Use these four steps to support your child…
It’s not a trend. It is not a means to seek attention or validation.
Why do people self-harm?
It is a way of finding relief from painful emotions. It is a strategy that is used when unpleasant thoughts run rampant.
It is an approach that creates an unhealthy pattern of behaviour to cope through moments in time that feel unbearable.
Research finds about one in four girls and one in 10 boys across America – regardless of race, gender, religious beliefs or socio-economic status, engage in self-harming behaviours to manage their emotional pain.
Non-suicidal, self-injurious behaviours (NSIB) include cutting/scratching one’s skin, banging one’s head against the wall, burning oneself, physically harming others or damaging property with one’s body, etc., to gain relief from overwhelming, unpleasant, and painful emotions.
NSIBs are used to shut out negative feelings and relieve stress experienced by your teen.
When parents find out that their child engages in self-injurious behaviour, fright consumes them and their internal alarm system fires up.
Parents have a range of reactions to this discovery, from hiding all objects that their child could use to inflict harm upon themselves to keeping their child within their line of sight as often as possible, to considering psychiatric hospitalisation or at times to ignore the reality, hoping that it will go away on its own.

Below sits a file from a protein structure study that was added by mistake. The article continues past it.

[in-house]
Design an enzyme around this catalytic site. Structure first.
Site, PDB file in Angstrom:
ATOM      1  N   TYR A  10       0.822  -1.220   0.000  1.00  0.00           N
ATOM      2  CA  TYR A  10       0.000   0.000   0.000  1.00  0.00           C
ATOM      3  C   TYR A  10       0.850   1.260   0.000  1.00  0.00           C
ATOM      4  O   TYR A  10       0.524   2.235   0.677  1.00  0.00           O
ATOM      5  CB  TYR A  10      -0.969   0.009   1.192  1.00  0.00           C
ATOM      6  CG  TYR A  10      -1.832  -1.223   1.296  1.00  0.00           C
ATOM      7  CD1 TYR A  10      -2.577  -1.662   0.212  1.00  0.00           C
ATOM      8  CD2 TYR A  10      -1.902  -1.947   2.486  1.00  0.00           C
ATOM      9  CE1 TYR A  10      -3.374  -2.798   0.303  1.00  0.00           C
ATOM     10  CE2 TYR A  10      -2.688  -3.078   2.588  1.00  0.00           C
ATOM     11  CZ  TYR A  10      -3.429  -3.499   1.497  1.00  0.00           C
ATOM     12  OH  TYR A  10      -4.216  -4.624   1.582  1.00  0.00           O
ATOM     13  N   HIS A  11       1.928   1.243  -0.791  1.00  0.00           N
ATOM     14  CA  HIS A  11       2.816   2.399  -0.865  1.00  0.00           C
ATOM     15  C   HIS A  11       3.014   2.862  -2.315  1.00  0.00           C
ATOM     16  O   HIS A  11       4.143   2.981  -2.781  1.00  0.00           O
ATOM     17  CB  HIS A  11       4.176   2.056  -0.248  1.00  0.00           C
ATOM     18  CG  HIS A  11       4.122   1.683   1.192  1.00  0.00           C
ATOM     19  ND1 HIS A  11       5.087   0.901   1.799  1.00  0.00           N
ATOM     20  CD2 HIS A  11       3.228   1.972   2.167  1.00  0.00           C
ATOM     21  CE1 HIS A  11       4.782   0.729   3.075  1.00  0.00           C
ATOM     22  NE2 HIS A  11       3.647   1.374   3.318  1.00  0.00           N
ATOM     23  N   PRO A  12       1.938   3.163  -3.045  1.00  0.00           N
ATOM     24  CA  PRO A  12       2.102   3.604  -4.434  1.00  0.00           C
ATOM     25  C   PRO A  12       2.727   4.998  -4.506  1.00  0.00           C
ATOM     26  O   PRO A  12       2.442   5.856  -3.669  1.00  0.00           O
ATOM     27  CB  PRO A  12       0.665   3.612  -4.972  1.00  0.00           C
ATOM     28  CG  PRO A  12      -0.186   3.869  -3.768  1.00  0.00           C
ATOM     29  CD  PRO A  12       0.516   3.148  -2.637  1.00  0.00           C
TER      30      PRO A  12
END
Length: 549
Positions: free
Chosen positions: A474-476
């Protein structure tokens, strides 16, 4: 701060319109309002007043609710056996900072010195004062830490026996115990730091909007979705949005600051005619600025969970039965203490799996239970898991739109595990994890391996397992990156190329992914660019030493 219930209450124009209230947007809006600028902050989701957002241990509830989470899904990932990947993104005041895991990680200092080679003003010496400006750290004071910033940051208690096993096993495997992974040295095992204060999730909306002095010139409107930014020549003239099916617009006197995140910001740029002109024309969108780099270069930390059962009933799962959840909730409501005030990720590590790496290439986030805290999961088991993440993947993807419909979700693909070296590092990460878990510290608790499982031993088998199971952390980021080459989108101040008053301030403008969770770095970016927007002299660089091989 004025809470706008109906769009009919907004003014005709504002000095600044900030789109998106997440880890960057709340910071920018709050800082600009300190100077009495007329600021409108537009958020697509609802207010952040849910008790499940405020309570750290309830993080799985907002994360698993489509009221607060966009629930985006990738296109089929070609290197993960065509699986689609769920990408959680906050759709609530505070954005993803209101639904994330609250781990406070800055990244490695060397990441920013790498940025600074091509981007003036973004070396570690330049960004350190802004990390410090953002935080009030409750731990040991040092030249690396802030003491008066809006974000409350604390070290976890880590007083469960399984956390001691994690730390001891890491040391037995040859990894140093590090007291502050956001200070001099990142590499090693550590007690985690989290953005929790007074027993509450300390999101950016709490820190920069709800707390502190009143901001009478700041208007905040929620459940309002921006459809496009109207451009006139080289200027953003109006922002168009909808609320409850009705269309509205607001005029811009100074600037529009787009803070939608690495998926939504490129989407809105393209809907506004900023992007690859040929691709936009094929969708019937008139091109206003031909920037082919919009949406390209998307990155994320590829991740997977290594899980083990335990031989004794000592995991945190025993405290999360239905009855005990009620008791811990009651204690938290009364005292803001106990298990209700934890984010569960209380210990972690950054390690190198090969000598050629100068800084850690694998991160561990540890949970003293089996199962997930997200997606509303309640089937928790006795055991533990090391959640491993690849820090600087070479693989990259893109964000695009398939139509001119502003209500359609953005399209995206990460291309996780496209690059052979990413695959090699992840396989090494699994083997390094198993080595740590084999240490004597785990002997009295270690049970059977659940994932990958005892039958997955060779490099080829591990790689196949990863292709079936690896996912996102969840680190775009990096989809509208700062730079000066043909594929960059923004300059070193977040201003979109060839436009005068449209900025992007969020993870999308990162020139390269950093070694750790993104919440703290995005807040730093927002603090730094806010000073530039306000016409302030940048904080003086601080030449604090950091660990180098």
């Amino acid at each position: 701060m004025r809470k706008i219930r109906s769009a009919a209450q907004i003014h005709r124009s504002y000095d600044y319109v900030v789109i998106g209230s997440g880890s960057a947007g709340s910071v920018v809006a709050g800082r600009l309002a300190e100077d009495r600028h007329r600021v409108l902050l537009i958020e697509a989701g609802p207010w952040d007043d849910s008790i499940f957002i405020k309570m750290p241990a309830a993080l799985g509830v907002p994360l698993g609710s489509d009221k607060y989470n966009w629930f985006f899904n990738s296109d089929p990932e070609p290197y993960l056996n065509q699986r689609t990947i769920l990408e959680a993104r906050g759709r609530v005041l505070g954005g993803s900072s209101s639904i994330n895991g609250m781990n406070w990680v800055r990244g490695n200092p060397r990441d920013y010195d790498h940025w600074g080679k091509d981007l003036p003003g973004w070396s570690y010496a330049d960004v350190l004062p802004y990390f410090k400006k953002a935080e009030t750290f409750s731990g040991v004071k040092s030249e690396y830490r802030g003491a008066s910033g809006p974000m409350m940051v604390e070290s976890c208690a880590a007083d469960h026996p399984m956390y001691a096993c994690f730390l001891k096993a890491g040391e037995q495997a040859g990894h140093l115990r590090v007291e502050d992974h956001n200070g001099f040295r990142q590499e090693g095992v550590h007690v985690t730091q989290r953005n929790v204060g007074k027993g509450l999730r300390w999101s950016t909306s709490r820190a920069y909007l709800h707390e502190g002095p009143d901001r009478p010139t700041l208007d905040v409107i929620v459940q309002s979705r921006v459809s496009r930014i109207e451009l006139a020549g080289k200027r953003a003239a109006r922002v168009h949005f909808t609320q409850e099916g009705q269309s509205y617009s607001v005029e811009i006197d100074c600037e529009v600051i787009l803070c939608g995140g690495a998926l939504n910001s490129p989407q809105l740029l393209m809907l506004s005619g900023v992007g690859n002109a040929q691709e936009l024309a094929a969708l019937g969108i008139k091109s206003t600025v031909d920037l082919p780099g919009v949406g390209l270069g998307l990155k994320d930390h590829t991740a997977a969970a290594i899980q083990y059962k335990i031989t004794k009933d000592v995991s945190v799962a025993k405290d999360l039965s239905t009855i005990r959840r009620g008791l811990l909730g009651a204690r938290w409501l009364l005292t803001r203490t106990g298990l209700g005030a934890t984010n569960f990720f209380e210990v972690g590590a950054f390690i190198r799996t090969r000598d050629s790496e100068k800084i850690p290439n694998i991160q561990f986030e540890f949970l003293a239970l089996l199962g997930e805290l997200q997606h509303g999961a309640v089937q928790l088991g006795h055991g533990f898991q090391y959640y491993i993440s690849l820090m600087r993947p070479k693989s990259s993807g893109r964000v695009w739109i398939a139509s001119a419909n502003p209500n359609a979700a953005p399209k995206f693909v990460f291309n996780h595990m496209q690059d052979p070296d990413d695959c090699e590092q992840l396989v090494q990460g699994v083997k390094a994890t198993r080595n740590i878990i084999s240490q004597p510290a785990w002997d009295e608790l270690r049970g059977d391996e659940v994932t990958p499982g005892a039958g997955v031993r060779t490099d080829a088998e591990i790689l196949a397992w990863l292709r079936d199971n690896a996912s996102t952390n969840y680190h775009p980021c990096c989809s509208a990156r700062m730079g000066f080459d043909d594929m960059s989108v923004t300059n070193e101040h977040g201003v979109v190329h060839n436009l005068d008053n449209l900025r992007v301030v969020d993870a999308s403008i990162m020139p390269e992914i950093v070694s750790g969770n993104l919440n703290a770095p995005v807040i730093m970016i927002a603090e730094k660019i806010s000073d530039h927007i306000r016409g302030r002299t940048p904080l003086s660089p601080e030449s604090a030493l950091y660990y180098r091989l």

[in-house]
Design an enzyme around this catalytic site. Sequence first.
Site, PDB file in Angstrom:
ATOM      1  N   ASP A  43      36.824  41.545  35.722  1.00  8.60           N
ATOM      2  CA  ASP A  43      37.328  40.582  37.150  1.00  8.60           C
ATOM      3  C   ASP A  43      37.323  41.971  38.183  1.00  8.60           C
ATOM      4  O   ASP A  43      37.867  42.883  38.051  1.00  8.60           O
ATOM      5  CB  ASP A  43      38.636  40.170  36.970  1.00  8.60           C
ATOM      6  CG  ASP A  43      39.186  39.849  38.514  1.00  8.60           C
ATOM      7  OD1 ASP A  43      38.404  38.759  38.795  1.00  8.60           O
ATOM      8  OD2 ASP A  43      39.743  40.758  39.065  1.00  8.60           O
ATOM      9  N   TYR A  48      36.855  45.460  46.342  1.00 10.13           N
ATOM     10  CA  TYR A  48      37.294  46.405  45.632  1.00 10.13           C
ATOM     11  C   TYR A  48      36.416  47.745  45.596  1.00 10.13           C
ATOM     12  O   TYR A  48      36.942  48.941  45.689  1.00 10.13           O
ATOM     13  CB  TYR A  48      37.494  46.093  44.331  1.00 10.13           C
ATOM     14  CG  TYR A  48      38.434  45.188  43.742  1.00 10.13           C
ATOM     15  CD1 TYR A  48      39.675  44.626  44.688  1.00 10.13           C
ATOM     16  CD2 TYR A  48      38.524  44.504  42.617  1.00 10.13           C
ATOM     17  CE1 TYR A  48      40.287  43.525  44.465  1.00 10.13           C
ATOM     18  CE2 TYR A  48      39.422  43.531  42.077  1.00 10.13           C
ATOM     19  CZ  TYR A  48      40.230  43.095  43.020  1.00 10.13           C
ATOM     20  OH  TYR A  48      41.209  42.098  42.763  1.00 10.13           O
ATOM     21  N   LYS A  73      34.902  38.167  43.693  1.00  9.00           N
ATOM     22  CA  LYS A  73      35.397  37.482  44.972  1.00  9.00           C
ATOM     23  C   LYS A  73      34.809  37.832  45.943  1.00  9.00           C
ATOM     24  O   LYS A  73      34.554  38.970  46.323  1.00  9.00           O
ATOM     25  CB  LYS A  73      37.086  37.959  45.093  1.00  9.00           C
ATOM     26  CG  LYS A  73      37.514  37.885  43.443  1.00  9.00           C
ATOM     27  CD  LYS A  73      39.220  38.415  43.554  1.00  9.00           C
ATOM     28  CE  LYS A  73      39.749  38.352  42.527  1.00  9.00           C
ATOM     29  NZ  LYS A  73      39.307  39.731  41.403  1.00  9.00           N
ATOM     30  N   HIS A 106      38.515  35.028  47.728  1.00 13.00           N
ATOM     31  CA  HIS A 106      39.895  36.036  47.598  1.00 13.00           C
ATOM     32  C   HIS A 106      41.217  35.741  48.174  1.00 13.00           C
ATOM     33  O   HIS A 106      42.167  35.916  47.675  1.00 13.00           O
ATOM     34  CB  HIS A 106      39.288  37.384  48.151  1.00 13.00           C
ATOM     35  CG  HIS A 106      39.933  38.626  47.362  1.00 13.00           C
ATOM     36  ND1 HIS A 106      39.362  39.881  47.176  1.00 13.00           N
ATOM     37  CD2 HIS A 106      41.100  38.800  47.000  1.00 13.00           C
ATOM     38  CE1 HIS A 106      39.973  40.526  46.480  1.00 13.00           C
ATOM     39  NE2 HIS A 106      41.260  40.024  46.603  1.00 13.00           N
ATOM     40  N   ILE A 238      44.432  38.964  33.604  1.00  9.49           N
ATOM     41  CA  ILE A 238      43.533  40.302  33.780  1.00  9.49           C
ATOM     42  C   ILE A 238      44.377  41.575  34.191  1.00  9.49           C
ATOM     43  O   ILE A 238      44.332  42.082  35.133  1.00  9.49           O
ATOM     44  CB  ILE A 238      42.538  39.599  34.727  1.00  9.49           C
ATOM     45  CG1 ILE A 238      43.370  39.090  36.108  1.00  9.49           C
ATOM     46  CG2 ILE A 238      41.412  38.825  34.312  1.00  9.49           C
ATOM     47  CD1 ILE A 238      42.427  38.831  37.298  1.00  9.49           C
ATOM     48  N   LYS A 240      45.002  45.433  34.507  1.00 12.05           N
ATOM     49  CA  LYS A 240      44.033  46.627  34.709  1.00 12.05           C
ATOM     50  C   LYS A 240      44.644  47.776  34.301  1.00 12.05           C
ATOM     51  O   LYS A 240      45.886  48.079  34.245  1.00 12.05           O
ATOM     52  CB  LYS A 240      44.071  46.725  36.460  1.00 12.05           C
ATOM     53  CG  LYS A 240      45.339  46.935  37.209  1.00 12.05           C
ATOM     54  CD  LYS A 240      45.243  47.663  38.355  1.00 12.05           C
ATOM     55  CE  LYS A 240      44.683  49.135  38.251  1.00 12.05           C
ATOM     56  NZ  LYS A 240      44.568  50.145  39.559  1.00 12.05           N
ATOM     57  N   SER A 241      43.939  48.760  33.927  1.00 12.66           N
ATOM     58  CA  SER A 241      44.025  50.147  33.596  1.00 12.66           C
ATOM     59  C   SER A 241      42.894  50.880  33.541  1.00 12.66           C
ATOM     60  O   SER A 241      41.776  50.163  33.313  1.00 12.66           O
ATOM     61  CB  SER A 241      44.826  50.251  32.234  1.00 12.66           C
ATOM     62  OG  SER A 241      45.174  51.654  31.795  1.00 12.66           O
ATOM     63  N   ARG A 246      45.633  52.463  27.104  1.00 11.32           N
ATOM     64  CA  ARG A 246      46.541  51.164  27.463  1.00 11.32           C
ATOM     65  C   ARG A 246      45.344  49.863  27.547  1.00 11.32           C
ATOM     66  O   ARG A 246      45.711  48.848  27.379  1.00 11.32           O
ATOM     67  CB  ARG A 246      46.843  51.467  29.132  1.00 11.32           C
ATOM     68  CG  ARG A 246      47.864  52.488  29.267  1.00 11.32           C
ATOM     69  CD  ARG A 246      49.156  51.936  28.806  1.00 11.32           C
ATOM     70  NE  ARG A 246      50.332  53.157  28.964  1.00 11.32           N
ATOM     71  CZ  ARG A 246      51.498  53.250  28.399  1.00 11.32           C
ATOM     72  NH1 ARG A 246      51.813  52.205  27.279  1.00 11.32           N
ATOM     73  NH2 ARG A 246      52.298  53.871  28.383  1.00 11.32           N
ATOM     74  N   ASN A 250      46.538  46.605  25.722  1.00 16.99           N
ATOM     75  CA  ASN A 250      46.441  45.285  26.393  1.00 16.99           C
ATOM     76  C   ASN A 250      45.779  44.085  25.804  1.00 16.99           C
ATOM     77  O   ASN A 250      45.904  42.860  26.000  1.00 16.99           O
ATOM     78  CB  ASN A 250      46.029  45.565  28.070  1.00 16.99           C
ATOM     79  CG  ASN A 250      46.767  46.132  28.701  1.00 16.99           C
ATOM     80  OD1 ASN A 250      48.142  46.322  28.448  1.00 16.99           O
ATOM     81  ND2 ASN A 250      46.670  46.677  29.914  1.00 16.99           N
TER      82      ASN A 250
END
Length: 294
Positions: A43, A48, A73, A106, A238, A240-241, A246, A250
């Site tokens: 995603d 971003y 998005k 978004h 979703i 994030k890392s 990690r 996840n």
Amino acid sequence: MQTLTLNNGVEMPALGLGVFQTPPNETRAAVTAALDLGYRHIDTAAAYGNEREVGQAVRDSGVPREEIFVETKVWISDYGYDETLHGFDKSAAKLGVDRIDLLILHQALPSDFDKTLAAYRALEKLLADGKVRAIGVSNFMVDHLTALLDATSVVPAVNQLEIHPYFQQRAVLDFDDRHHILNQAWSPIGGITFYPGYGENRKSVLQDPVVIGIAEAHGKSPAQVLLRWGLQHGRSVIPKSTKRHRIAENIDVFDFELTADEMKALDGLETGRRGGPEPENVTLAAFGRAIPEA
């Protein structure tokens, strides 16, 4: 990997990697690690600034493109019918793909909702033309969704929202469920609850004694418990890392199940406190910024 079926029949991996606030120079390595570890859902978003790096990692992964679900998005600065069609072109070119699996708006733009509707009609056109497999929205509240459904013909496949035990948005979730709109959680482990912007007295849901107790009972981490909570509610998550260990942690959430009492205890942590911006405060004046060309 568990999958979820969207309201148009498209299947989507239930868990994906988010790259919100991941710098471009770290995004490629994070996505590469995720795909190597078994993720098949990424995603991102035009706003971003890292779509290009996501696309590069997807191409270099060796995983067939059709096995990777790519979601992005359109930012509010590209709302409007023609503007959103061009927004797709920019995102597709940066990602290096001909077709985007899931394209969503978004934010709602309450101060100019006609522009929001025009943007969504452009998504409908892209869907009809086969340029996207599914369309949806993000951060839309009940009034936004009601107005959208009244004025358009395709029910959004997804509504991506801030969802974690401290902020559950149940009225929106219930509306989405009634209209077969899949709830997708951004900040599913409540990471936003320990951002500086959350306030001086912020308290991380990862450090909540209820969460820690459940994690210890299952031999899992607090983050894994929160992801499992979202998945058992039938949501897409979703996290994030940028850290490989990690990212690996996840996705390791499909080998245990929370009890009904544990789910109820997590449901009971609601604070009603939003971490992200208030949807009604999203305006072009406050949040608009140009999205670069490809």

Here are four parenting tips that you need to consider if your child is engaging in self-harm:
1. Take a step back
Discovering that your child is self-injuring will bring up feelings from helplessness to guilt, grief, and even anger. It is important that parents approach their child from a calm place.
Parents have to take a moment to process things, as well as the child, who may fear that they are in trouble.
Many parents fear that self-injury is a suicide attempt. While children may feel suicidal and it is something needs to be discussed, self-injury itself is not a suicide attempt.
It is important as a parent to do your best not to panic. Do your best to regulate your emotions before speaking with your child.